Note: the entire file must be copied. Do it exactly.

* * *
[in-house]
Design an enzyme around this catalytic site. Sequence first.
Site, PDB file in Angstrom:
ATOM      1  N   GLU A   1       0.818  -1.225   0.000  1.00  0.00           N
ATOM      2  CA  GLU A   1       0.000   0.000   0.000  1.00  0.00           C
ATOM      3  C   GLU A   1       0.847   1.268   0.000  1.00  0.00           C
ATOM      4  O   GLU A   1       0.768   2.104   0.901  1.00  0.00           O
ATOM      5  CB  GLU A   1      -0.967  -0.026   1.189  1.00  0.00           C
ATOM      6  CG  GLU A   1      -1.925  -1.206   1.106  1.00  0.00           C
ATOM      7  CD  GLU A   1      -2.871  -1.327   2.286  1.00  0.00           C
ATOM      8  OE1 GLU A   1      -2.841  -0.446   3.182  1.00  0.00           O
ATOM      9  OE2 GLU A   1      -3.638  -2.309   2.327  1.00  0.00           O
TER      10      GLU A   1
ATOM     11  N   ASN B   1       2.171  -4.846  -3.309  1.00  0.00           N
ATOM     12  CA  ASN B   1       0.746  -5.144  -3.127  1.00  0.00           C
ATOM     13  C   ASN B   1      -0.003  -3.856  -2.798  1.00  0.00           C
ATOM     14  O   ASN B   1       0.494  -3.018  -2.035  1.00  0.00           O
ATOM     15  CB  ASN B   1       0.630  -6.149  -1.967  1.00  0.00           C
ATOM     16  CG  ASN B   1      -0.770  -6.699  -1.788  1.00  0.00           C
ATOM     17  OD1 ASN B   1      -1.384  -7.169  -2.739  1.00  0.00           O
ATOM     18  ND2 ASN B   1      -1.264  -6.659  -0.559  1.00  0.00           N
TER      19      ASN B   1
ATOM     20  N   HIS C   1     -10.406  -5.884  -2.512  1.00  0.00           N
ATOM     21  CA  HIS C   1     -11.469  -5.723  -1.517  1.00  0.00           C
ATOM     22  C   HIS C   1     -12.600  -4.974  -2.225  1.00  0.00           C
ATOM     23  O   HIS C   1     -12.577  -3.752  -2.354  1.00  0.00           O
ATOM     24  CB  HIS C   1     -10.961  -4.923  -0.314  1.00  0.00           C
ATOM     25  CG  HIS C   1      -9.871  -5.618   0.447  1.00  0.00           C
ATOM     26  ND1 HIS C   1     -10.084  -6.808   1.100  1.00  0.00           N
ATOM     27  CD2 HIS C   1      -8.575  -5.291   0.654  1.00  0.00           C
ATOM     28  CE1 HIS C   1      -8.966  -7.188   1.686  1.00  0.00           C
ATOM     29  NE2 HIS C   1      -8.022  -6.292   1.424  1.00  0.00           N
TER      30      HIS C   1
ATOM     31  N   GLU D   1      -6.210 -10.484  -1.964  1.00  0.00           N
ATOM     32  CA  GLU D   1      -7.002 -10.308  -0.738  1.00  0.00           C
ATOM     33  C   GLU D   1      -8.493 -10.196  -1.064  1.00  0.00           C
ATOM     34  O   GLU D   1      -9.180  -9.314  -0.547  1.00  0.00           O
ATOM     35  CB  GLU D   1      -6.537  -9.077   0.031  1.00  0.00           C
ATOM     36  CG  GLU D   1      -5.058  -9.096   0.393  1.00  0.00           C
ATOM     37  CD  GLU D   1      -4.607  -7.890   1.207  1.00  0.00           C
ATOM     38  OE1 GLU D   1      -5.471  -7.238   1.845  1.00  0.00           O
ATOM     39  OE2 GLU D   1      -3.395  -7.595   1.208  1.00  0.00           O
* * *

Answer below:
[in-house]
Design an enzyme around this catalytic site. Sequence first.
Site, PDB file in Angstrom:
ATOM      1  N   GLU A   1       0.818  -1.225   0.000  1.00  0.00           N
ATOM      2  CA  GLU A   1       0.000   0.000   0.000  1.00  0.00           C
ATOM      3  C   GLU A   1       0.847   1.268   0.000  1.00  0.00           C
ATOM      4  O   GLU A   1       0.768   2.104   0.901  1.00  0.00           O
ATOM      5  CB  GLU A   1      -0.967  -0.026   1.189  1.00  0.00           C
ATOM      6  CG  GLU A   1      -1.925  -1.206   1.106  1.00  0.00           C
ATOM      7  CD  GLU A   1      -2.871  -1.327   2.286  1.00  0.00           C
ATOM      8  OE1 GLU A   1      -2.841  -0.446   3.182  1.00  0.00           O
ATOM      9  OE2 GLU A   1      -3.638  -2.309   2.327  1.00  0.00           O
TER      10      GLU A   1
ATOM     11  N   ASN B   1       2.171  -4.846  -3.309  1.00  0.00           N
ATOM     12  CA  ASN B   1       0.746  -5.144  -3.127  1.00  0.00           C
ATOM     13  C   ASN B   1      -0.003  -3.856  -2.798  1.00  0.00           C
ATOM     14  O   ASN B   1       0.494  -3.018  -2.035  1.00  0.00           O
ATOM     15  CB  ASN B   1       0.630  -6.149  -1.967  1.00  0.00           C
ATOM     16  CG  ASN B   1      -0.770  -6.699  -1.788  1.00  0.00           C
ATOM     17  OD1 ASN B   1      -1.384  -7.169  -2.739  1.00  0.00           O
ATOM     18  ND2 ASN B   1      -1.264  -6.659  -0.559  1.00  0.00           N
TER      19      ASN B   1
ATOM     20  N   HIS C   1     -10.406  -5.884  -2.512  1.00  0.00           N
ATOM     21  CA  HIS C   1     -11.469  -5.723  -1.517  1.00  0.00           C
ATOM     22  C   HIS C   1     -12.600  -4.974  -2.225  1.00  0.00           C
ATOM     23  O   HIS C   1     -12.577  -3.752  -2.354  1.00  0.00           O
ATOM     24  CB  HIS C   1     -10.961  -4.923  -0.314  1.00  0.00           C
ATOM     25  CG  HIS C   1      -9.871  -5.618   0.447  1.00  0.00           C
ATOM     26  ND1 HIS C   1     -10.084  -6.808   1.100  1.00  0.00           N
ATOM     27  CD2 HIS C   1      -8.575  -5.291   0.654  1.00  0.00           C
ATOM     28  CE1 HIS C   1      -8.966  -7.188   1.686  1.00  0.00           C
ATOM     29  NE2 HIS C   1      -8.022  -6.292   1.424  1.00  0.00           N
TER      30      HIS C   1
ATOM     31  N   GLU D   1      -6.210 -10.484  -1.964  1.00  0.00           N
ATOM     32  CA  GLU D   1      -7.002 -10.308  -0.738  1.00  0.00           C
ATOM     33  C   GLU D   1      -8.493 -10.196  -1.064  1.00  0.00           C
ATOM     34  O   GLU D   1      -9.180  -9.314  -0.547  1.00  0.00           O
ATOM     35  CB  GLU D   1      -6.537  -9.077   0.031  1.00  0.00           C
ATOM     36  CG  GLU D   1      -5.058  -9.096   0.393  1.00  0.00           C
ATOM     37  CD  GLU D   1      -4.607  -7.890   1.207  1.00  0.00           C
ATOM     38  OE1 GLU D   1      -5.471  -7.238   1.845  1.00  0.00           O
ATOM     39  OE2 GLU D   1      -3.395  -7.595   1.208  1.00  0.00           O